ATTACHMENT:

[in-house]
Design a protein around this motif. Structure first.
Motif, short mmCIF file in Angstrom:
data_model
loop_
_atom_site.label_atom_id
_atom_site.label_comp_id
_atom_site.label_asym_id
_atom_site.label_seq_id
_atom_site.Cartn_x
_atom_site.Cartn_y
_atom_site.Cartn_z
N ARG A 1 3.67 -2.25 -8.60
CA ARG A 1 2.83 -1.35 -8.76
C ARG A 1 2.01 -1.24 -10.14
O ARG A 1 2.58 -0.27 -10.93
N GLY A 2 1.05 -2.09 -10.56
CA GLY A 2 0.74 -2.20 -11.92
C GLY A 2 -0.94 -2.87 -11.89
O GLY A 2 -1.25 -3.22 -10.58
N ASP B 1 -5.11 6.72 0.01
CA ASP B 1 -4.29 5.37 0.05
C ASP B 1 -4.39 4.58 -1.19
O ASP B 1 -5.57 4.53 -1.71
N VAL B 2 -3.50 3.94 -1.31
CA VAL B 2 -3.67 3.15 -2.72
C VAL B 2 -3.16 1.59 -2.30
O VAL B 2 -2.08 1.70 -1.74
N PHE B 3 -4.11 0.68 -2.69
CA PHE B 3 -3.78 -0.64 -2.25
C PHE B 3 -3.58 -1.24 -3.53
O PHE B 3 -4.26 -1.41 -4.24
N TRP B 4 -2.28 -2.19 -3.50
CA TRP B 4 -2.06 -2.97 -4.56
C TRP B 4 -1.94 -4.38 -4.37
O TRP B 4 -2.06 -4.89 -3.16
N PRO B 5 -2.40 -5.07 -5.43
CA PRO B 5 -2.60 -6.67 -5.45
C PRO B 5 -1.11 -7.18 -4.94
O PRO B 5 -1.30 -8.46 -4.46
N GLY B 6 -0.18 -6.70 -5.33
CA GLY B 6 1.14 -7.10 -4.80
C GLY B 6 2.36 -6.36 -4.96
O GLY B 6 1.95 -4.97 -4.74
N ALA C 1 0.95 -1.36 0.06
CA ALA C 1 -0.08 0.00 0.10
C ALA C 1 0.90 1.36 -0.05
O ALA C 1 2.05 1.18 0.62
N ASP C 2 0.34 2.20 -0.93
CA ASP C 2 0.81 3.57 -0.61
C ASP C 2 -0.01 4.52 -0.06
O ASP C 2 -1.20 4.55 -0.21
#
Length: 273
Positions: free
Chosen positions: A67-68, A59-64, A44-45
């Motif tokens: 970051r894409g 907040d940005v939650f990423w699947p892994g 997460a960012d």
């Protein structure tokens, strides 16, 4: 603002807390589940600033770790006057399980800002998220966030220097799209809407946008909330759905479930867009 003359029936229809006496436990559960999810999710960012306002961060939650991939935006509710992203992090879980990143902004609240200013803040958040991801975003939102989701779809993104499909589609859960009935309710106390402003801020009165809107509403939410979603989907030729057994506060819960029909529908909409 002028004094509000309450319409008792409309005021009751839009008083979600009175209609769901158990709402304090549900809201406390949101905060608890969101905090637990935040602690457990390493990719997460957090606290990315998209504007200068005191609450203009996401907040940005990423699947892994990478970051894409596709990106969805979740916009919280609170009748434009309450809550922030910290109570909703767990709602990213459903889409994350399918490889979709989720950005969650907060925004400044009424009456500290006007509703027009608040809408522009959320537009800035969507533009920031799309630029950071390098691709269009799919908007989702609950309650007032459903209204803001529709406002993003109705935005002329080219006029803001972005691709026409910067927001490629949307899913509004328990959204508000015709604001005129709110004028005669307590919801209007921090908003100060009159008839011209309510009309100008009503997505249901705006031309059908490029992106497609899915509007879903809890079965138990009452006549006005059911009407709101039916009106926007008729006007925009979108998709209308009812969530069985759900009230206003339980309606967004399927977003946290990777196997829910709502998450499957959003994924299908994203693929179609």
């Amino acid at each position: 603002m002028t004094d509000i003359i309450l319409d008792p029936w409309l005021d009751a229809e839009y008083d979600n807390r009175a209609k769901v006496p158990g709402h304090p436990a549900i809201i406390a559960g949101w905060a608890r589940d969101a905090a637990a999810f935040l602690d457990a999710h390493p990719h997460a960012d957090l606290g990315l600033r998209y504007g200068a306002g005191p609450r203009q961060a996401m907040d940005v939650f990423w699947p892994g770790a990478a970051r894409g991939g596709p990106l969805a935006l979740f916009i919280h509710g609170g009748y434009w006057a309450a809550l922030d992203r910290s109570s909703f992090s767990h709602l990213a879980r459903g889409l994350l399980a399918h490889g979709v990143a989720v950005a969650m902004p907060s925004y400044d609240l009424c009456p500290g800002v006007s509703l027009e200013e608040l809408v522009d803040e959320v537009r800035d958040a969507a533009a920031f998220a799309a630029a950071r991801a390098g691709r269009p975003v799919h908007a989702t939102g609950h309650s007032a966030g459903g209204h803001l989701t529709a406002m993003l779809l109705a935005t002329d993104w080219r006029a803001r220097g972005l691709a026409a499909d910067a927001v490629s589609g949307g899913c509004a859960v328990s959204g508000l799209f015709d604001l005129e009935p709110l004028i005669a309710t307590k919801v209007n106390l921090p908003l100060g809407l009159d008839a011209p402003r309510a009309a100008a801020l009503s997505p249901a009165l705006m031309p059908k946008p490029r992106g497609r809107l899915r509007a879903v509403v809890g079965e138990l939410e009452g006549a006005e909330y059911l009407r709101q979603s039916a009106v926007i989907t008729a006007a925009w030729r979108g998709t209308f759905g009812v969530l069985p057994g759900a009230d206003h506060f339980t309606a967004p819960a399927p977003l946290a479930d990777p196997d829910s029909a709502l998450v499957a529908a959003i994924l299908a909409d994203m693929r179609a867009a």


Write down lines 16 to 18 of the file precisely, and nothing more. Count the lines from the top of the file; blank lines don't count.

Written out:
O ARG A 1 2.58 -0.27 -10.93
N GLY A 2 1.05 -2.09 -10.56
CA GLY A 2 0.74 -2.20 -11.92